Research published at the Public Library of Science on January 18, 2010, challenges the present models and concepts relating the loss of forest populations to nitrogen availability. The research indicates present models are over estimated and are proven to present a bias in predictions of future forest dynamics under climate warming.
A rigorous examination of the fossil evidence from the Holocene period indicates that change in forest species during a period of global warming far more extreme than the present is not nitrogen availability dependent.
The present theories are based on short term studies but this new research takes a long term view of over eight thousand years.
Forest ecosystems are not limited by the availability of nitrogen over long time frames.
“Contrary to current thinking, results from our study suggest that the nitrogen cycle was not a driver of secondary succession in this ecosystem during the period of rapid and significant climatic warming at the late-glacial/early postglacial transition “
“Our results demonstrated stability in ecosystem functioning across the interval of rapid climatic change and despite a change in the dominant tree species. Climate change was found to affect the rates of nitrogen cycling: following the threshold change in climate, our model indicated that there were higher rates of conversion of decaying biomass into available and total nitrogen.”
“It is important for future work to test the context-dependence of our findings by validation with other appropriate palaeoecological datasets of coniferous to deciduous forest transitions and changes in nitrogen cycling during the late-glacial warming period. Furthermore, in order for model-fitting and model-selection analysis of palaeoecological data to yield sufficient information to be useful for predictive modelling, this approach needs to be used to analyze a greater variety of transitions in dominant plant functional types. These caveats notwithstanding, results from this study demonstrate how the dynamics associated with ecosystem functioning can remain relatively stable following a major environmental perturbation.”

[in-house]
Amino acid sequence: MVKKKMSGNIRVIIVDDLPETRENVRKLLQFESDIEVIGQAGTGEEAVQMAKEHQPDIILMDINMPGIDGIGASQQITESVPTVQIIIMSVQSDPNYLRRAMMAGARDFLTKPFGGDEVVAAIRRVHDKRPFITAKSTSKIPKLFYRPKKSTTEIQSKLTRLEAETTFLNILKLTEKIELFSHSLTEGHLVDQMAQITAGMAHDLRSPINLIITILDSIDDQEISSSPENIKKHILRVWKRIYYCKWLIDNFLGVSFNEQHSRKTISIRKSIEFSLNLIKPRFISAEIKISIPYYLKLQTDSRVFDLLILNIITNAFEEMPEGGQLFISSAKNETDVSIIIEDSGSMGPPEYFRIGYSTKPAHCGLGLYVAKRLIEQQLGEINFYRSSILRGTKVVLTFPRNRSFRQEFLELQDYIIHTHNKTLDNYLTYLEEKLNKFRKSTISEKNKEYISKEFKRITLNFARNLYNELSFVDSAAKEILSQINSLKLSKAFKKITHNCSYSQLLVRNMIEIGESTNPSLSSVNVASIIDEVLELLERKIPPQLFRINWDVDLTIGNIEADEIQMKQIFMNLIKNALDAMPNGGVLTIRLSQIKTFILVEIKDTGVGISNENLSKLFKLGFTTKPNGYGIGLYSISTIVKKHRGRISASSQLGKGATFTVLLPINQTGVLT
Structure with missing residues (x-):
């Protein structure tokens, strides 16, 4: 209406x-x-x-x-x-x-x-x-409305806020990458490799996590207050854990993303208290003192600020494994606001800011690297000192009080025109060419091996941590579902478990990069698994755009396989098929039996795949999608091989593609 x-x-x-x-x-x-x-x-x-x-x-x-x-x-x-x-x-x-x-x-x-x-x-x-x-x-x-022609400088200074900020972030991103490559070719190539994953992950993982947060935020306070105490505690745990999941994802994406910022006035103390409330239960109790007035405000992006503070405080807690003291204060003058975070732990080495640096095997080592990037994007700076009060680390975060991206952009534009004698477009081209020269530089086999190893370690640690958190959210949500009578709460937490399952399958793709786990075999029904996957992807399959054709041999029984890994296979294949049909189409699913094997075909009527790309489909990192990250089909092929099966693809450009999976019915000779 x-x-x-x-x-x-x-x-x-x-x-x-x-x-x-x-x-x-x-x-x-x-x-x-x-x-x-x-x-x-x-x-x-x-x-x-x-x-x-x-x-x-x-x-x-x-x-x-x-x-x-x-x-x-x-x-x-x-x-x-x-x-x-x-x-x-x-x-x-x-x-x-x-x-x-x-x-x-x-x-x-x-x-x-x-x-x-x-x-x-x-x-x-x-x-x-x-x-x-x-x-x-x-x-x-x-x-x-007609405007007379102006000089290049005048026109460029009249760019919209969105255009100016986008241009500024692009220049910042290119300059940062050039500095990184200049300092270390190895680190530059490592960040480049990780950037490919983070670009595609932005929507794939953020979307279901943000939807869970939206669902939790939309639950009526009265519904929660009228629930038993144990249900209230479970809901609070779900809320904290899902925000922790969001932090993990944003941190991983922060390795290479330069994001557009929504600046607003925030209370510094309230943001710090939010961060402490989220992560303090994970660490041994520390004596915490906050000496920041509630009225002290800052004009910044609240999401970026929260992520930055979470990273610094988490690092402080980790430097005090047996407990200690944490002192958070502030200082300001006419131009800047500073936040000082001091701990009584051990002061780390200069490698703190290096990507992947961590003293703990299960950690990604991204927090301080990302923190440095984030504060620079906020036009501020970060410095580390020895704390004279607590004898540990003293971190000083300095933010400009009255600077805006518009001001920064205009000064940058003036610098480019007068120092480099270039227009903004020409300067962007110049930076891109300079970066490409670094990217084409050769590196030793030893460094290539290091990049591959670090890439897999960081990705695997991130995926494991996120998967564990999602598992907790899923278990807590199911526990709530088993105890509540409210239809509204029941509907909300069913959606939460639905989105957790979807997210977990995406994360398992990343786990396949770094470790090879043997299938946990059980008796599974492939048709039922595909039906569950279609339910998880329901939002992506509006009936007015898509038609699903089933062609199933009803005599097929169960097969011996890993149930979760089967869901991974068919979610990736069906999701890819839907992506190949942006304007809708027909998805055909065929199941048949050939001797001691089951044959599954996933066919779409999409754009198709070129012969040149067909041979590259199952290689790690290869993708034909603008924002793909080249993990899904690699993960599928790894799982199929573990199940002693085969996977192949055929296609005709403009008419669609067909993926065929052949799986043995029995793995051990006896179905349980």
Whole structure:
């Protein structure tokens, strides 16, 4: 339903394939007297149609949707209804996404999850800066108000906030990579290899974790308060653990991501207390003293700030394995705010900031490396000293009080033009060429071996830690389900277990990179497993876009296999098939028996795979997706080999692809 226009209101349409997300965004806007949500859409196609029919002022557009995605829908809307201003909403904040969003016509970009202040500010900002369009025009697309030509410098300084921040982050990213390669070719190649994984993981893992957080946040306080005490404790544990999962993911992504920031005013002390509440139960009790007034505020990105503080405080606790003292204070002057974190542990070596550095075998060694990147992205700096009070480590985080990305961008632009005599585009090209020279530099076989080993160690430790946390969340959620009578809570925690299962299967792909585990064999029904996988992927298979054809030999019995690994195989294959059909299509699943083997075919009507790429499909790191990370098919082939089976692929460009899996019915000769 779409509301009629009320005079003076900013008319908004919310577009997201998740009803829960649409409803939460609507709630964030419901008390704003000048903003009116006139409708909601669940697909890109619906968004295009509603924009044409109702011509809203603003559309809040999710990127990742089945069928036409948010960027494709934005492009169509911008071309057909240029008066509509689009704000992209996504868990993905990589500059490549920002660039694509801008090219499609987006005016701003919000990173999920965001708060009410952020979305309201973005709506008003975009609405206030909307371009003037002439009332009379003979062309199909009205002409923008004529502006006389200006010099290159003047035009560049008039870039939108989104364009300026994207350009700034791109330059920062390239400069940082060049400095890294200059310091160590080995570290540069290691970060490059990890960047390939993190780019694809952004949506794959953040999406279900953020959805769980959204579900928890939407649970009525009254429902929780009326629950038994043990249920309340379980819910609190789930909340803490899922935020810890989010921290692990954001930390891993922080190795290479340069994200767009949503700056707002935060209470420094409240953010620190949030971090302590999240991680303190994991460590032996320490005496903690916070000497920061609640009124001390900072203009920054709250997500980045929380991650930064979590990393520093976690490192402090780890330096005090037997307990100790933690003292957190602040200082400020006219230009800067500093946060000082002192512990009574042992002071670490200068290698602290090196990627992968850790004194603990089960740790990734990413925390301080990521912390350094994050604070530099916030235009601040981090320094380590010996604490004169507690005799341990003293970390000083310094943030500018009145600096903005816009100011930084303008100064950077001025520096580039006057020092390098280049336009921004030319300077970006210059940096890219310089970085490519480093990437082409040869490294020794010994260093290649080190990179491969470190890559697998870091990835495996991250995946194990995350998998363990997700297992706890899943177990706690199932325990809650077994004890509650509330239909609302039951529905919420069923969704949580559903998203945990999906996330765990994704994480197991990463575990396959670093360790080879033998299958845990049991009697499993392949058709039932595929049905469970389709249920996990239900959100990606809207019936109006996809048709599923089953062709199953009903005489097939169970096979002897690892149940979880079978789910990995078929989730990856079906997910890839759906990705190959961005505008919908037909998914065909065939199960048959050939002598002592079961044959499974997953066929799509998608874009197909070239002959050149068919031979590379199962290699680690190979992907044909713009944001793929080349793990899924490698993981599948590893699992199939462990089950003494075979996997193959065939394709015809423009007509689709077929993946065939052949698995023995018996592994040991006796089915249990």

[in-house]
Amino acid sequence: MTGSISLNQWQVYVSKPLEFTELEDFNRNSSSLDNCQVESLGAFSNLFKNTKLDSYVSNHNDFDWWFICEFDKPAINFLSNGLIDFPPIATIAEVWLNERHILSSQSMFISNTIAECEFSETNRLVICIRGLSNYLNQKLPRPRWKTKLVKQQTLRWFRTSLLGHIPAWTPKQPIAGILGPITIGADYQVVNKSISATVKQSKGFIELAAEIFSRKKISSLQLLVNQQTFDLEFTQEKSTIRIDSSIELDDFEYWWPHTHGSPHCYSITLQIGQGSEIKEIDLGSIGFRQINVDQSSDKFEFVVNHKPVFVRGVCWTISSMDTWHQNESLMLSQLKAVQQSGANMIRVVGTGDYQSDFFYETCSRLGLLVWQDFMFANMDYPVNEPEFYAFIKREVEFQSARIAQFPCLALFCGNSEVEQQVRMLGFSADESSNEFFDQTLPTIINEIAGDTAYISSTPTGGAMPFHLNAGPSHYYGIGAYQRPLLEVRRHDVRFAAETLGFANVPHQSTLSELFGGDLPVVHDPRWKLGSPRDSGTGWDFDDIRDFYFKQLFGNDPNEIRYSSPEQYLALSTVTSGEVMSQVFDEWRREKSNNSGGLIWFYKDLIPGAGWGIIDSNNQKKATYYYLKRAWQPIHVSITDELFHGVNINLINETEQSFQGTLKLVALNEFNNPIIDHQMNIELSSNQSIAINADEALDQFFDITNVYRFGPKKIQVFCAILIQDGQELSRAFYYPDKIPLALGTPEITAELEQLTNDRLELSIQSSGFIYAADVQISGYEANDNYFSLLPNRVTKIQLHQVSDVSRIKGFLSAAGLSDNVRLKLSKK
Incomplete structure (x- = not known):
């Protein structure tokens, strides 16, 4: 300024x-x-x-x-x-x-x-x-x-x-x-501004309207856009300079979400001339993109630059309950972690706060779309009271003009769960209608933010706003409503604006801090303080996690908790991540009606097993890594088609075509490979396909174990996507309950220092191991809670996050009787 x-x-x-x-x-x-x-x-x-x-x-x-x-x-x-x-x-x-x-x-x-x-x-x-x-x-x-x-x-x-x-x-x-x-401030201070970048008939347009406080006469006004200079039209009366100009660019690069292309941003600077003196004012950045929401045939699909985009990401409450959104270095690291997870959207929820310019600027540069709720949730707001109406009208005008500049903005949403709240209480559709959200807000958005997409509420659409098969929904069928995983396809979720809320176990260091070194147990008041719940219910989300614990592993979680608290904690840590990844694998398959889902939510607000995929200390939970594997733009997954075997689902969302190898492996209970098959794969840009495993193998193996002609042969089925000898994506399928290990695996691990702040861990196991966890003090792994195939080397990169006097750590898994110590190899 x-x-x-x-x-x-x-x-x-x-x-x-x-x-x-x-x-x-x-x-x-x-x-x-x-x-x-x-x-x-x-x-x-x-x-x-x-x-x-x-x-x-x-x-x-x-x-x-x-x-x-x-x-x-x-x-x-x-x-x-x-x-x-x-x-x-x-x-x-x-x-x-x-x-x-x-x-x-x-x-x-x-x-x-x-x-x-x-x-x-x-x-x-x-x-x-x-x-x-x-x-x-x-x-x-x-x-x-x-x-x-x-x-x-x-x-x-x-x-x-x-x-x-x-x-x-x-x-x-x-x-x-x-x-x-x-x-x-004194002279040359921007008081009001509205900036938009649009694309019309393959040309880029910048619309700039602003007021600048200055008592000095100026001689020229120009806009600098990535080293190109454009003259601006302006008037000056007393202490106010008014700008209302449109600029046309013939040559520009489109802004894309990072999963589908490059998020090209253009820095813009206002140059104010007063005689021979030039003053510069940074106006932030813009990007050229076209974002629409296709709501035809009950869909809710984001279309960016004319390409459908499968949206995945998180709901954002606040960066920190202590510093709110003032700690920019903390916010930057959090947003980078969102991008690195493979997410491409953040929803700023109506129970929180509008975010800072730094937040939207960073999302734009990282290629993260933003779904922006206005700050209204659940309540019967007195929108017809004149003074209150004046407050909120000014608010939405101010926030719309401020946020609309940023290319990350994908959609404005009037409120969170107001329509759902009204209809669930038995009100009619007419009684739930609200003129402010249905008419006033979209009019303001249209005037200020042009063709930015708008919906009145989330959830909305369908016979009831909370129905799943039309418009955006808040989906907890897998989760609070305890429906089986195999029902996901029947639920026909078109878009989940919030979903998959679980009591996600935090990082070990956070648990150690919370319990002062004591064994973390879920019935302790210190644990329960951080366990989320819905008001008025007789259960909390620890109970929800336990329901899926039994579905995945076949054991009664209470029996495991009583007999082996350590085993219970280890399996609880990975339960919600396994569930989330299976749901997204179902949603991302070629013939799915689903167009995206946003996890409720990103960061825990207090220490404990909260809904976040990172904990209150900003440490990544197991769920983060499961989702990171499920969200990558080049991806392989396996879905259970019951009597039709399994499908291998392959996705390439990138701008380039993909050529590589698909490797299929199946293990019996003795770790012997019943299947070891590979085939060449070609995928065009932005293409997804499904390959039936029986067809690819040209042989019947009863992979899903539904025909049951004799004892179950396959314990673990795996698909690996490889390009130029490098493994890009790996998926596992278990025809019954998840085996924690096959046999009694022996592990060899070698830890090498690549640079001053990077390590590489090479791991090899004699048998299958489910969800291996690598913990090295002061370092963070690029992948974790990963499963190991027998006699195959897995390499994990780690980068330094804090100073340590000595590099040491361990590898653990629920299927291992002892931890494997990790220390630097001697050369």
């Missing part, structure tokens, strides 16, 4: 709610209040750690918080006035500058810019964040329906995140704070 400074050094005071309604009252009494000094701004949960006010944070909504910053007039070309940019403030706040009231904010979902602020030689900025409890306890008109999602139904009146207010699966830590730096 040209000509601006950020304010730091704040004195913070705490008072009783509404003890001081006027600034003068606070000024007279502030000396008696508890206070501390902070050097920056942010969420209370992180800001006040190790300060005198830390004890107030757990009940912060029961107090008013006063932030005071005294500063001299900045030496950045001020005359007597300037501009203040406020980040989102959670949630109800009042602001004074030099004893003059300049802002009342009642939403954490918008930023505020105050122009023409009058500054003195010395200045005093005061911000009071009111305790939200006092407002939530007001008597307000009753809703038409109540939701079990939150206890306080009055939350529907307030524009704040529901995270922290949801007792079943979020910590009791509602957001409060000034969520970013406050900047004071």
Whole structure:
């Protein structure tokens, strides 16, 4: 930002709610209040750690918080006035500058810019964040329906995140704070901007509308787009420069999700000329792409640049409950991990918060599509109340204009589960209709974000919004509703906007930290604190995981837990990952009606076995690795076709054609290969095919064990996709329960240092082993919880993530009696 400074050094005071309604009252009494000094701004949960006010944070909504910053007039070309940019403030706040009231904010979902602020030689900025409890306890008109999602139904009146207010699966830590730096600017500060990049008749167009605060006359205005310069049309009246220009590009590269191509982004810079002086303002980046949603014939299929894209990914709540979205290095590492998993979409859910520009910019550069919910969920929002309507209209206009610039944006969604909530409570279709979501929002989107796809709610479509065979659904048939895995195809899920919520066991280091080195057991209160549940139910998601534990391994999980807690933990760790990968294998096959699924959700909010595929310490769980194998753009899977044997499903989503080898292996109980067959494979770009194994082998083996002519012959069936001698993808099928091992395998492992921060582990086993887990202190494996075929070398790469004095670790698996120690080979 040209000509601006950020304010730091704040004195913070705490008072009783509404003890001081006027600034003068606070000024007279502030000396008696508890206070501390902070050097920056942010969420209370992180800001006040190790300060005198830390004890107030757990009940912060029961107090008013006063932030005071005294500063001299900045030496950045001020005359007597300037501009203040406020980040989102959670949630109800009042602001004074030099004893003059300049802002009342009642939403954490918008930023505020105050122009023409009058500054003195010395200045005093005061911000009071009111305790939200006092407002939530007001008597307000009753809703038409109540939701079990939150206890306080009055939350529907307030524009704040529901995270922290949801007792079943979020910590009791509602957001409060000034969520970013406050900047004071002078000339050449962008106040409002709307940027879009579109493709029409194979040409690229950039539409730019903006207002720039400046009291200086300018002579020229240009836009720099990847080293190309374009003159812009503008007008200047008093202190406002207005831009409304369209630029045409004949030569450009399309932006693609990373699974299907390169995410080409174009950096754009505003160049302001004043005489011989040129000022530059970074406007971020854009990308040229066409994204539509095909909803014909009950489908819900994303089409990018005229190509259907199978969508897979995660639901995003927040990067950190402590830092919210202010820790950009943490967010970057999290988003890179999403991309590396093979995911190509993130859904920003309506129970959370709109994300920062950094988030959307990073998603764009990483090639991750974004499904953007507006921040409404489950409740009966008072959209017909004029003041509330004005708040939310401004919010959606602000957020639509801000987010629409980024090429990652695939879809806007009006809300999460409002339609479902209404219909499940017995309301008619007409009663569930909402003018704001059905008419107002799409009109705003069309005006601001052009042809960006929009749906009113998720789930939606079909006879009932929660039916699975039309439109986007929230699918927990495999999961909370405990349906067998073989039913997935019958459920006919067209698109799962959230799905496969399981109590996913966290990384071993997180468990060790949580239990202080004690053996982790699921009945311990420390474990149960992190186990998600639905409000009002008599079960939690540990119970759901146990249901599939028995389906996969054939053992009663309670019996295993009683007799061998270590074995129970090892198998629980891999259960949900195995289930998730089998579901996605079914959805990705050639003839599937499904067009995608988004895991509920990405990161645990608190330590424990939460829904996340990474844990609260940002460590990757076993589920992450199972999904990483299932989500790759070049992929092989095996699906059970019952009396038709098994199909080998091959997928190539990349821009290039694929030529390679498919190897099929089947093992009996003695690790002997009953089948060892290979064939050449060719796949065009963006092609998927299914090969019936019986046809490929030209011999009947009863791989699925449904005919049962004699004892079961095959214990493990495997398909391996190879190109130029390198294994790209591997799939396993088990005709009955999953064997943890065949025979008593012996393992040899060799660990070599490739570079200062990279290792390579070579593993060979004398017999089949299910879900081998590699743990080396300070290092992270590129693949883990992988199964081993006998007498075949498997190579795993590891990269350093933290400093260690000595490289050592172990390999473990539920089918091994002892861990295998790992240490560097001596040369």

Classical ecological theory predicts that changes in the availability of essential resources such as nitrogen should lead to changes in plant community composition due to differences in species-specific nutrient requirements. What remains unknown, however, is the extent to which climate change will alter the relationship between plant communities and the nitrogen cycle. During intervals of climate change, do changes in nitrogen cycling lead to vegetation change or do changes in community composition alter the nitrogen dynamics? We used long-term ecological data to determine the role of nitrogen availability in changes of forest species composition under a rapidly changing climate during the early Holocene (16k to 8k cal. yrs. BP). A statistical computational analysis of ecological data spanning 8,000 years showed that secondary succession from a coniferous to deciduous forest occurred independently of changes in the nitrogen cycle. As oak replaced pine under a warming climate, nitrogen cycling rates increased. Interestingly, the mechanism by which the species interacted with nitrogen remained stable across this threshold change in climate and in the dominant tree species. This suggests that changes in tree population density over successional time scales are not driven by nitrogen availability. Thus, current models of forest succession that incorporate the effects of available nitrogen may be over-estimating tree population responses to changes in this resource, which may result in biased predictions of future forest dynamics under climate warming.
Stability in Ecosystem Functioning across a Climatic Threshold and Contrasting Forest Regimes
Elizabeth S. Jeffers 1*, Michael B. Bonsall 2*, Kathy J. Willis 3
1 School of Geography, University of Oxford, Oxford, United Kingdom
2 Department of Zoology, University of Oxford, Oxford, United Kingdom
3 Department of Biology, University of Bergen, Bergen, Norway
Citation: Jeffers ES, Bonsall MB, Willis KJ (2011) Stability in Ecosystem Functioning across a Climatic Threshold and Contrasting Forest Regimes. PLoS ONE 6(1): e16134. doi:10.1371/journal.pone.0016134
Funding: The work was supported by the Royal Society and the Natural Environment Research Council. The funders had no role in study design, data collection and analysis, decision to publish, or preparation of the manuscript.
Competing interests: The authors have declared that no competing interests exist.
Figure 1. Ecosystem dynamics
Tree population dynamics are represented by pollen accumulation rates (PAR) of pine (A) and oak (B). Nitrogen dynamics reflect changes in nitrogen availability inferred from stable nitrogen isotope analysis (C) and changes in total nitrogen (D) inferred from elemental analysis of bulk organic matter. Abrupt warming occurred at 11.7k cal. yrs. BP (dotted line).